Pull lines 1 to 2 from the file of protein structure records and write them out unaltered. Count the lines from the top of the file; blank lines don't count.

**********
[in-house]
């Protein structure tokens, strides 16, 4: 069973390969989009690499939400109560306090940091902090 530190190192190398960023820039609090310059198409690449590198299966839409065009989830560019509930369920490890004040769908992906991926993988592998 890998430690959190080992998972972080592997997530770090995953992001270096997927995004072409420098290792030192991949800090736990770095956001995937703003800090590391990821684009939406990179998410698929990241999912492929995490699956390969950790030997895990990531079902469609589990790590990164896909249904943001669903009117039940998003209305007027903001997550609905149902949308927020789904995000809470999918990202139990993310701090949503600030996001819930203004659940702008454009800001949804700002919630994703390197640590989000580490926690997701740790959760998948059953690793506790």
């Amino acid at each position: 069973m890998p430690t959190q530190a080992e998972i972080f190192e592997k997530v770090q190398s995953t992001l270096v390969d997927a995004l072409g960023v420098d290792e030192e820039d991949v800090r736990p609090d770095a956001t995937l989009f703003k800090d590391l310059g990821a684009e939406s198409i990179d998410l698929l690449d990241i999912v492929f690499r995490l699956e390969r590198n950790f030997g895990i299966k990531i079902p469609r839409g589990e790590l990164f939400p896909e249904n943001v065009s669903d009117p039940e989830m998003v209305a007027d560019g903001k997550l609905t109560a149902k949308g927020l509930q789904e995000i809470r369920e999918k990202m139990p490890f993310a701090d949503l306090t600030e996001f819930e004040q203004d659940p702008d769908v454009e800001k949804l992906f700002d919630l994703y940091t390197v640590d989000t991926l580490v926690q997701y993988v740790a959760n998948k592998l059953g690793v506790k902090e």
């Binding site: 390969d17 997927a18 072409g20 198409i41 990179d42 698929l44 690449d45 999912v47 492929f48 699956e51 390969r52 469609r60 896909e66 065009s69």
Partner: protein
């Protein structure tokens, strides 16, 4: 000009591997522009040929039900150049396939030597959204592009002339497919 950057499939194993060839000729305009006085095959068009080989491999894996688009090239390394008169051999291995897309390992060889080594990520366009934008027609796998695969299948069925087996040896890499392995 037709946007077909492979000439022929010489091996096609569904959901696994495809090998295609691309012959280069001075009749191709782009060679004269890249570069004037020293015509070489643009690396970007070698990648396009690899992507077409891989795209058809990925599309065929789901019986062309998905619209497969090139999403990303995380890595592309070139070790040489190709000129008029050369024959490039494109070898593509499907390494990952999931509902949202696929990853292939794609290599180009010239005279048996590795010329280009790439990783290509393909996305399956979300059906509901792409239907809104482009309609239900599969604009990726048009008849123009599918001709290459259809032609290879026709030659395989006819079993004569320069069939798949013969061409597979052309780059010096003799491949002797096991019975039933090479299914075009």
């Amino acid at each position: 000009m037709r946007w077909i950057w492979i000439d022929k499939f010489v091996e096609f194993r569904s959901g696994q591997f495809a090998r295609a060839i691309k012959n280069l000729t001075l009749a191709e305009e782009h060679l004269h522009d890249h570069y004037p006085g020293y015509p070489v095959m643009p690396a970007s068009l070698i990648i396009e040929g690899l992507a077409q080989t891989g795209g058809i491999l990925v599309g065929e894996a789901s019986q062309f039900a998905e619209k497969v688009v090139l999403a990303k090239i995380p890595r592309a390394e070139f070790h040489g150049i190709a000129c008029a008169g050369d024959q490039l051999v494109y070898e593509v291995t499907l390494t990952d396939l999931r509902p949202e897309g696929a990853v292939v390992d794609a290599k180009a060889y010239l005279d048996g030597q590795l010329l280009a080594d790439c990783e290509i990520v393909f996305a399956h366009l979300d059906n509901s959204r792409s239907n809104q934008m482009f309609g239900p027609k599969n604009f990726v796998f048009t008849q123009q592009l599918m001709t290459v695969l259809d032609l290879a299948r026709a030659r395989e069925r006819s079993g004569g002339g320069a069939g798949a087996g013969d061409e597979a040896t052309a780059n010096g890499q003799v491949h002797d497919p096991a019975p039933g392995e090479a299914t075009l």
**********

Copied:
[in-house]
């Protein structure tokens, strides 16, 4: 069973390969989009690499939400109560306090940091902090 530190190192190398960023820039609090310059198409690449590198299966839409065009989830560019509930369920490890004040769908992906991926993988592998 890998430690959190080992998972972080592997997530770090995953992001270096997927995004072409420098290792030192991949800090736990770095956001995937703003800090590391990821684009939406990179998410698929990241999912492929995490699956390969950790030997895990990531079902469609589990790590990164896909249904943001669903009117039940998003209305007027903001997550609905149902949308927020789904995000809470999918990202139990993310701090949503600030996001819930203004659940702008454009800001949804700002919630994703390197640590989000580490926690997701740790959760998948059953690793506790």